In all but a few rare situations, your confidentiality (that is, your privacy) is protected by state law and by the rules
of my profession. Here are the most common cases in which confidentiality is not protected:
1. If you were sent to me by a court or an employer for evaluation or treatment, the court or employer expects a
report from me. If this is your situation, please talk with me before you tell me anything you do not want the court or
your employer to know. You have a right to tell me only what you are comfortable with telling.
2. Are you suing someone or being sued? Are you being charged with a crime? If so, and you tell the court that you
are seeing me, I may then be ordered to show the court my records. Please consult your lawyer about these issues.
3. If you make a serious threat to harm yourself or another person, the law requires me to try to protect you or that
other person. This usually means telling others about the threat. I cannot promise never to tell others about threats
4. If I believe a child or elderly or dependent adult has been or will be abused or neglected, I am legally required to
report this to the authorities.
There is also one situation in which I might talk about part of your case with another therapist. I ask now for your
understanding and agreement to let me do so in this situation.
For instance, I sometimes consult other therapists or other professionals about my clients. This helps me in giving
high-quality treatment. These persons are also required to keep your information private. Your name will never be
given to them, and they will be told only as much as they need to know to understand your situation.
Except for the situation I have described above, my office staff and I will always maintain your privacy. I also ask
you not to disclose the name or identity of any other client being seen in this office.
It is my office policy to destroy clients’ records 15 years after the end of our therapy. Until then, I will keep your
case records in a safe place.
If I must discontinue our relationship because of illness, disability, or other presently unforeseen circumstances, I
ask you to agree to my transferring your records to another therapist who will assure their confidentiality,
preservation, and appropriate access.
If we do family or couple therapy (where there is more than one client), and you want to have my records of this
therapy sent to anyone, all of the adults present will have to sign a release.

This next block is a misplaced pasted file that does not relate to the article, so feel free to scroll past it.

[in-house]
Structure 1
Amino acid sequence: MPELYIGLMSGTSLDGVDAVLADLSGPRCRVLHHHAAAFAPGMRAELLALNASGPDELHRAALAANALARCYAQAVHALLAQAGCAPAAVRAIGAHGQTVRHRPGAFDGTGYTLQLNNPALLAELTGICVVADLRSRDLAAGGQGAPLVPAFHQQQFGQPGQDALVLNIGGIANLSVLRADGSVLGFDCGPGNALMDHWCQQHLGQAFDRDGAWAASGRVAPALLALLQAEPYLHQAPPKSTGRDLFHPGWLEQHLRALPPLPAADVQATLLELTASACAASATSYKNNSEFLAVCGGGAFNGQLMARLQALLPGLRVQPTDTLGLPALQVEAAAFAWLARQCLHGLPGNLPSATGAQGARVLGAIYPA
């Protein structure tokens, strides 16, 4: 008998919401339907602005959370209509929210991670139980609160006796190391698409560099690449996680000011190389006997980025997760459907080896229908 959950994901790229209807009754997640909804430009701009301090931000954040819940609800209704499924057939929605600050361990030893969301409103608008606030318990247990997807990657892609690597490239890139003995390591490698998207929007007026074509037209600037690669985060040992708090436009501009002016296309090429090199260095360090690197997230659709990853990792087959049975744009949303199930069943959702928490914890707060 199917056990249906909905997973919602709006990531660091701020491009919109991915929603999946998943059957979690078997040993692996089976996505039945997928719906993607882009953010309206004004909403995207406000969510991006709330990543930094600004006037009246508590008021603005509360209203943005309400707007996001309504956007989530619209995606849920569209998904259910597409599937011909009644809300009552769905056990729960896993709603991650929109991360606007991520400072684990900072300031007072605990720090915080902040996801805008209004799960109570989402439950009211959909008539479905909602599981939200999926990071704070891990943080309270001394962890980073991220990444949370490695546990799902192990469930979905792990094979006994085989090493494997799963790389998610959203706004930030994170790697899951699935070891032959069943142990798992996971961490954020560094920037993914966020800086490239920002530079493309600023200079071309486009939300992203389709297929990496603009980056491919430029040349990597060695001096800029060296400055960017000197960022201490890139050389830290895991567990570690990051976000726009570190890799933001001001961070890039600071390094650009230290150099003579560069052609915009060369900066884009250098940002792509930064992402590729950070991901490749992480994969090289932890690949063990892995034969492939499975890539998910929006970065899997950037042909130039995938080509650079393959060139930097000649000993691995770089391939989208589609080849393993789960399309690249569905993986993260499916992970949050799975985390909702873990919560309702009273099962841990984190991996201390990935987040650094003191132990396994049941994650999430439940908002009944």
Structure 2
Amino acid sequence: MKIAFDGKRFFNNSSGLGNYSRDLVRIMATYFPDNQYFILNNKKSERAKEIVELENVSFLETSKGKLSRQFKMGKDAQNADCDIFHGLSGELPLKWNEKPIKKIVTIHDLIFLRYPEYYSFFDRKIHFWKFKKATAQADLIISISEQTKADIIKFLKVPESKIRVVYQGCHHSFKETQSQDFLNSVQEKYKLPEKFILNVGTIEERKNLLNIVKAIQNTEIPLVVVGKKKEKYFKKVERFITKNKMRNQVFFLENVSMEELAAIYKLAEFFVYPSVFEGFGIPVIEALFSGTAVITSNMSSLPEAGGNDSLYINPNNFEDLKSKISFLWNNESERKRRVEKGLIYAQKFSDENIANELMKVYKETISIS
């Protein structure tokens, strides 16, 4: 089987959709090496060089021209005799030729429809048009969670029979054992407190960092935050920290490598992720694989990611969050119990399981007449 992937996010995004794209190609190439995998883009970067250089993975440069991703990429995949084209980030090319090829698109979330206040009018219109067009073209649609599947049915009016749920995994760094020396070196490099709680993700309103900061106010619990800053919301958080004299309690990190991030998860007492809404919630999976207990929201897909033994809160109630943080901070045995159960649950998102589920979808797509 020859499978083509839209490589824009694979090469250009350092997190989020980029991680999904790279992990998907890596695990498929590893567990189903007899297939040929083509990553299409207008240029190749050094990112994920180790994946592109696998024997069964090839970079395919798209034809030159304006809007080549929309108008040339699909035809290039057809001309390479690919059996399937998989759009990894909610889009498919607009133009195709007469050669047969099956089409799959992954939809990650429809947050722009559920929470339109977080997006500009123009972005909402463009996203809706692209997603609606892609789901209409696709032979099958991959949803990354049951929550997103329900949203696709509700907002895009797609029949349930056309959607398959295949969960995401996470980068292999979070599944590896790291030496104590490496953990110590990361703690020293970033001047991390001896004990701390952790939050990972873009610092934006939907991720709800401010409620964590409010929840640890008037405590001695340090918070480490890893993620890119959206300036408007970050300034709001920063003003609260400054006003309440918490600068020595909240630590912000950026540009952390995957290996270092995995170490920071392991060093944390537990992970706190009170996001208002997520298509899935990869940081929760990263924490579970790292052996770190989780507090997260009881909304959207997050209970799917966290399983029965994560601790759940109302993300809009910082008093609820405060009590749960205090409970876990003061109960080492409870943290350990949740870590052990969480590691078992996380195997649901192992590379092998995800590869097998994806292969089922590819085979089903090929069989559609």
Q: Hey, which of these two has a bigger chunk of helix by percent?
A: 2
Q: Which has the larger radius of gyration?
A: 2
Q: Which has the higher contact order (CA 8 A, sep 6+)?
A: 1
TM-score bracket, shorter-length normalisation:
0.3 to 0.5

I have a doctoral degree in counseling psychology from the University of Southern California, whose program
is approved by the American Psychological Association (APA).
I completed an internship in clinical psychology, approved by the APA.
I am licensed as a psychologist in the state of California.
About Our Appointments
The very first time I meet with you, we will need to give each other much basic information. For this reason, I
usually schedule 1–2 hours for this first meeting. Following this, we will usually meet for a 50-minute session once
or twice a week, then less often. We can schedule meetings for both your and my convenience. I will tell you in
advance of my vacations or any other times we cannot meet. Please ask about my schedule in making your own
An appointment is a commitment to our work. We agree to meet here and to be on time. If I am ever unable to start
on time, I ask your understanding. I also assure you that you will receive the full time agreed to. If you are late, we
will probably be unable to meet for the full time, because it is likely that I will have another appointment after yours.
A cancelled appointment delays our work. I will consider our meetings very important and ask you to do the same.
Please try not to miss sessions if you can possibly help it. When you must cancel, please give me at least a week’s
notice. Your session time is reserved for you. I am rarely able to fill a cancelled session unless I know a week in
advance. If you start to miss a lot of sessions, I will have to charge you for the lost time unless I am able to fill it.
I will reserve a regular appointment time for you into the foreseeable future. I also do this for my other patients.
Therefore, I am rarely able to fill a cancelled session unless I have several weeks’ notice. You will be charged the
full fee for sessions cancelled with less than 72 hours’ notice, for other than the most serious reasons.
I request that you do not bring children with you if they are young and need babysitting or supervision, which I
Fees, Payments, and Billing
Payment for services is an important part of any professional relationship. This is even more true in therapy; one
treatment goal is to make relationships and the duties and obligations they involve clear. You are responsible for
seeing that my services are paid for. Meeting this responsibility shows your commitment and maturity.
My current regular fees are as follows. You will be given advance notice if my fees should change.
Regular therapy services: For a session of 50 minutes, the fee is $150.00. Please pay for each session at its end. I
have found that this arrangement helps us stay focused on our goals, and so it works best. It also allows me to keep